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Based on previous findings in humans and rhesus monkeys suggesting that diazepam has asymmetrical effects on frontal lobe activity and other literature supporting a role for the benzodiazepine system in the mediation of individual differences in anxiety and fearfulness, the relation between asymmetrical changes in scalp-recorded regional brain activity in response to diazepam and the temperamental dimension of behavioral inhibition indexed by freezing time in 9 rhesus monkeys was examined. Animals showed greater relative left-sided frontal activation in response to diazepam compared with the preceding baseline. The magnitude of this shift was strongly correlated with an aggregate measure of freezing time (r = .82). The implications of these findings for understanding the role of regional differences in the benzodiazepine system in mediating individual differences in fearfulness are discussed.
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Autism is a neurodevelopmental disorder affecting behavioral and social cognition, but there is little understanding about the link between the functional deficit and its underlying neuroanatomy. We applied a 2D version of voxel-based morphometry (VBM) in differentiating the white matter concentration of the corpus callosum for the group of 16 high functioning autistic and 12 normal subjects. Using the white matter density as an index for neural connectivity, autism is shown to exhibit less white matter concentration in the region of the genu, rostrum, and splenium removing the effect of age based on the general linear model (GLM) framework. Further, it is shown that the less white matter concentration in the corpus callosum in autism is due to hypoplasia rather than atrophy.
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On the basis of the proposition that love promotes commitment, the authors predicted that love would motivate approach, have a distinct signal, and correlate with commitment-enhancing processes when relationships are threatened. The authors studied romantic partners and adolescent opposite-sex friends during interactions that elicited love and threatened the bond. As expected, the experience of love correlated with approach-related states (desire, sympathy). Providing evidence for a nonverbal display of love, four affiliation cues (head nods, Duchenne smiles, gesticulation, forward leans) correlated with self-reports and partner estimates of love. Finally, the experience and display of love correlated with commitment-enhancing processes (e.g., constructive conflict resolution, perceived trust) when the relationship was threatened. Discussion focused on love, positive emotion, and relationships.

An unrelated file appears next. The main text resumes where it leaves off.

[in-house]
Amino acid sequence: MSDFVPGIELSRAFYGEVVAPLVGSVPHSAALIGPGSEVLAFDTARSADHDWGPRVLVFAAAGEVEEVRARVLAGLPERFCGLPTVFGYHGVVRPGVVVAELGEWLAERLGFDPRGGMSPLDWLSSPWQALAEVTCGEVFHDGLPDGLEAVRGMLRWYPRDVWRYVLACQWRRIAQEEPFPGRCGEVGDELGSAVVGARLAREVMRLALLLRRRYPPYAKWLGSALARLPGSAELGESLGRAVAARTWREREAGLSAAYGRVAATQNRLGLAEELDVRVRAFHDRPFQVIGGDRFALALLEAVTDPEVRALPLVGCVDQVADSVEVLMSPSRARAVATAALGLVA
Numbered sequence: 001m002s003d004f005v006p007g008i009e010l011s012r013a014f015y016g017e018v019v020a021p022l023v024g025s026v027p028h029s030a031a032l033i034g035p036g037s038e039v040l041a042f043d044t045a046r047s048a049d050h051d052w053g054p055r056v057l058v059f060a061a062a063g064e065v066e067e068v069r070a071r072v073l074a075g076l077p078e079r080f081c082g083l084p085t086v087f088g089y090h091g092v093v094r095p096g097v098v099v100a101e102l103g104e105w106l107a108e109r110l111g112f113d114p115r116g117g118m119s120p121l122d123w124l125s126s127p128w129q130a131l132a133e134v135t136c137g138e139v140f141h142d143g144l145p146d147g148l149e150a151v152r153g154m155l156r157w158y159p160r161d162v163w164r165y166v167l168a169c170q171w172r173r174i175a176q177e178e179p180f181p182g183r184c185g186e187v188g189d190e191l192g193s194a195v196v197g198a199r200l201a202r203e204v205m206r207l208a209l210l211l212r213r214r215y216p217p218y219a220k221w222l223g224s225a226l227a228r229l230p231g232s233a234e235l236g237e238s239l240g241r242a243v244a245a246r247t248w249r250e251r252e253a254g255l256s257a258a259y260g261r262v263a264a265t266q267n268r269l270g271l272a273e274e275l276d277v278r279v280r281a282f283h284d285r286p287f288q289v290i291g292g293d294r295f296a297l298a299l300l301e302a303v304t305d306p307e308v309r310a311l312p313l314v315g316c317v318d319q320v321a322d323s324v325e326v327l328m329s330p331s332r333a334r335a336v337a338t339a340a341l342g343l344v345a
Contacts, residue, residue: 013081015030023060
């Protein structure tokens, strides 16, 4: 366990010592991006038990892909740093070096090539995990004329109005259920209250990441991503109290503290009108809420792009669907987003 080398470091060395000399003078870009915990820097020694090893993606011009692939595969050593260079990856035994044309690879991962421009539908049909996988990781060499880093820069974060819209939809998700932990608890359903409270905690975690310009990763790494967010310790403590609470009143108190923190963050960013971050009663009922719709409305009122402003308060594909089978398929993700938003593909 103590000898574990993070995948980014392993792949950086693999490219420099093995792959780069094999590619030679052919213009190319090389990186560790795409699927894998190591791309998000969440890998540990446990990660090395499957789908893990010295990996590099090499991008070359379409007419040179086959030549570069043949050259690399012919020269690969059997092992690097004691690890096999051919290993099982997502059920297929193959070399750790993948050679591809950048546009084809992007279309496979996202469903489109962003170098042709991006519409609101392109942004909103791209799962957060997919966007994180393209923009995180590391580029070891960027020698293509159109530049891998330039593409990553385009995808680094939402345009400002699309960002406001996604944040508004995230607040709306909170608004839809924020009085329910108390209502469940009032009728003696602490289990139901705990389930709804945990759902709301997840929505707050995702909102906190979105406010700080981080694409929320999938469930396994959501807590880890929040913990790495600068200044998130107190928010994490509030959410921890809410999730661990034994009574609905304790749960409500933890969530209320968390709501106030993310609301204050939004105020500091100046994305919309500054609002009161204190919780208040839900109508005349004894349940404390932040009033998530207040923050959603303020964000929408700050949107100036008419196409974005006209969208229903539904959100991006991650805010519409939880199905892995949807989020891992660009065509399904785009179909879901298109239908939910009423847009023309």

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A chief goal of this research was to determine whether stimuli and events known to enhance smoking motivation also influence a physiological variable with the potential to index approach motivation. Asymmetry of electroencephalographic (EEG) activity across the frontal regions of the 2 hemispheres (left minus right hemisphere activation) was used to index approach motivation. In theory, if EEG asymmetry sensitively indexes approach dispositions, it should be influenced by manipulations known to affect smoking motivation, that is, exposure to smoking cues and tobacco deprivation. Seventy-two smokers participated in this research and were selectively exposed to a smoking-anticipation condition (cigarettes plus expectation of imminent smoking) following either 24 hr of tobacco withdrawal or ad libitum smoking. Results indicated that EEG asymmetry was increased by smoking anticipation and that smoking itself reduced EEG asymmetry. Results also suggested that smoking anticipation increased overall (bihemispheric) EEG activation. Results were interpreted in terms of major theories of drug motivation.